For the longest time I thought that Baba Ghanoush was bland, drab eggplant mush with the consistency of baby food, but last summer I encountered a stupendous rendition of the dish that made me rethink everything I had ever known about baba ghanoush. It is that baba ghanoush that I have been striving to recreate here, and hopefully some day I’ll get there, but this was an excellent first step. Two things in particular stood out to me about that dish – the rich, smokey flavor of the eggplant and the integrity of flavor that comes from keeping the eggplant whole. The moment the baba ghanoush hits a blender or food processor the complexity of flavors you have developed in the careful preparation, smoking, and marinating of the eggplant get muddled and lost leaving you with a banal pile of grey goop. Either way, baba ghanoush will never be the most aesthetically pleasing of dishes, so it’s probably best not to also strip it of its flavor.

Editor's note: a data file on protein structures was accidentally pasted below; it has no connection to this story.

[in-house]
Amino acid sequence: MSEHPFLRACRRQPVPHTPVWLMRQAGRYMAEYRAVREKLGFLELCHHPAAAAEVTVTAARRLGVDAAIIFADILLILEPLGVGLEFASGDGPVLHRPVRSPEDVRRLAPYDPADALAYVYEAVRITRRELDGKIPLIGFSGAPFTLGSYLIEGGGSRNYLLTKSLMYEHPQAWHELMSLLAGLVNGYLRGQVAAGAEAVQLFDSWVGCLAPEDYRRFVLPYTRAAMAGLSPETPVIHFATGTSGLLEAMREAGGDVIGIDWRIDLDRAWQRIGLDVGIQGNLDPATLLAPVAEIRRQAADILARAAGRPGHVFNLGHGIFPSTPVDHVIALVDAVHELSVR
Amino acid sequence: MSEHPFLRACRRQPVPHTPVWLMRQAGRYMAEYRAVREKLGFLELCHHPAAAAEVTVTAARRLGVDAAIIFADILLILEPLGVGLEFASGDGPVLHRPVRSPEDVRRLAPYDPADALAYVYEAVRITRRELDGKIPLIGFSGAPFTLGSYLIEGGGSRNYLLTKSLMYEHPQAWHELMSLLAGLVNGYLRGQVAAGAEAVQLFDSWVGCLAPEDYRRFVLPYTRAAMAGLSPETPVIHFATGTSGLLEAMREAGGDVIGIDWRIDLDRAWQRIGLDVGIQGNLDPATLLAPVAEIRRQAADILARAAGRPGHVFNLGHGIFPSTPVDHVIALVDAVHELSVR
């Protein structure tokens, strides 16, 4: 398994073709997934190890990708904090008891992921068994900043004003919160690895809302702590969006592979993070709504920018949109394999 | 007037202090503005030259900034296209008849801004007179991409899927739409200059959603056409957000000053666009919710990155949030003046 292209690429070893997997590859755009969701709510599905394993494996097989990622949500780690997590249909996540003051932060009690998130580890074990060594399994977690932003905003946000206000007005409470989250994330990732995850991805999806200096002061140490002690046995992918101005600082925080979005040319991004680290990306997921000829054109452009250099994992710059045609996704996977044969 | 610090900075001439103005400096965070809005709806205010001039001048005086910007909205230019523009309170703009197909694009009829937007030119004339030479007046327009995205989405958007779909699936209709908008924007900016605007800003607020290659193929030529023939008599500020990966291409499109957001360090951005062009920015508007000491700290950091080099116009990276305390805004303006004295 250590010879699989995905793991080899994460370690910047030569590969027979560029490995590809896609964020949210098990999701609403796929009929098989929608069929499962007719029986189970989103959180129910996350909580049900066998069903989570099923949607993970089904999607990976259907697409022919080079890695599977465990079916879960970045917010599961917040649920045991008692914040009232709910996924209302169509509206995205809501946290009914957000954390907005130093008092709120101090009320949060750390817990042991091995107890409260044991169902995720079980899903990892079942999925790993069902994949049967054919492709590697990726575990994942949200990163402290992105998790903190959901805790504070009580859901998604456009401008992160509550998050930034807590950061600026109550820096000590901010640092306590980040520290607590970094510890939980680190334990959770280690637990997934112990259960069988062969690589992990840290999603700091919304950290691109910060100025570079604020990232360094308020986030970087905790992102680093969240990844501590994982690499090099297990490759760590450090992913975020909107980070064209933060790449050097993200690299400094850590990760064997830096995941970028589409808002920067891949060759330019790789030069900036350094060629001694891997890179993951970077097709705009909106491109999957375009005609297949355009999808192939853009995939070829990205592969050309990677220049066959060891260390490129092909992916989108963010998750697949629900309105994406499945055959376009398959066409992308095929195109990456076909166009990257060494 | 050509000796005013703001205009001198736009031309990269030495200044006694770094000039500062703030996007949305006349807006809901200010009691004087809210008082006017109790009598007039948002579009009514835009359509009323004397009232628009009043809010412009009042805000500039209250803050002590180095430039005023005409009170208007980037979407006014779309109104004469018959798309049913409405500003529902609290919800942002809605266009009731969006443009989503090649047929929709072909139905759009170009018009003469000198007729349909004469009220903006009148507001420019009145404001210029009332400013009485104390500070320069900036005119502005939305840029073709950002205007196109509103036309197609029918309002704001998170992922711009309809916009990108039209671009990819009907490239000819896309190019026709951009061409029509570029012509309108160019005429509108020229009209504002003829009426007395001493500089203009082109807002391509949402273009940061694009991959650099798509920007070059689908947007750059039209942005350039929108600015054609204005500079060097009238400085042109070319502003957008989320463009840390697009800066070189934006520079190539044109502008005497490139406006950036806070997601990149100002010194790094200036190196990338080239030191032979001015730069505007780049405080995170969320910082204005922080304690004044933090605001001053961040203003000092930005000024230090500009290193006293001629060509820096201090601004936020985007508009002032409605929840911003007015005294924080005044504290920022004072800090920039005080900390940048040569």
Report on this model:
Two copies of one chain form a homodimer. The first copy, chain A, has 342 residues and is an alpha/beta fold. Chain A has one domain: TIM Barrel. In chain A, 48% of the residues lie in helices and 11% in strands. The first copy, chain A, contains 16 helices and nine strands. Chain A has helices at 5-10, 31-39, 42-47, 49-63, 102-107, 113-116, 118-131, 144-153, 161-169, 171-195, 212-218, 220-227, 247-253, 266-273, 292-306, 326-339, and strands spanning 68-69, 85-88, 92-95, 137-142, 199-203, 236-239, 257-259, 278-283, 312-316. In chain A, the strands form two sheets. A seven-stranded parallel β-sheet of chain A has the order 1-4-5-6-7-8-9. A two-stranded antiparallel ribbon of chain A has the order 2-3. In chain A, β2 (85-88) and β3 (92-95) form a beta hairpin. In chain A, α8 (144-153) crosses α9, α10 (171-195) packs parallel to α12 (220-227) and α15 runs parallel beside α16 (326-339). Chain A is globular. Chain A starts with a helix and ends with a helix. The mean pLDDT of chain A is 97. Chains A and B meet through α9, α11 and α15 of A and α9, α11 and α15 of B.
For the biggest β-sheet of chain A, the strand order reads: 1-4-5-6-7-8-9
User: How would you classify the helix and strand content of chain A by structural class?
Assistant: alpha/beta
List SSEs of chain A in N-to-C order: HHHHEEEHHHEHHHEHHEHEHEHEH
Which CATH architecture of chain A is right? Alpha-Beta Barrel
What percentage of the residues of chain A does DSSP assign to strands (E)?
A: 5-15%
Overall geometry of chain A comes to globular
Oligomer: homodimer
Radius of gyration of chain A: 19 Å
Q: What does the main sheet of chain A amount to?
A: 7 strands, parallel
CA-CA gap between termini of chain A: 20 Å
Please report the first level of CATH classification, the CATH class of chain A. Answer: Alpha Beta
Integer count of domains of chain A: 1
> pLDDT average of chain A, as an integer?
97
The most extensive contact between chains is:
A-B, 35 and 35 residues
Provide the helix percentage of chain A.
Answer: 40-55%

- 4 Eggplants
- Zest from 1 Lemon
- juice from 1/2 a Lemon
- 2 cloves of minced Garlic
- 3 tsp Olive Oil
- 2 tbsp chopped Parsley
- Score your eggplants, and set them on a hot grill.
- Rotate them every 10 – 15 minutes until they are fully cooked through and have a deep, smokey smell.
- Let your eggplants cool off until you can handle them.
- Scoop out the eggplant flesh from the chard skins, and place it in a colander to drain for about an hour.
- Once your eggplant has been sufficiently drained, stir it together with the remaining ingredients.
- Set the baba ghanoush aside to marinate for at least a hour before serving.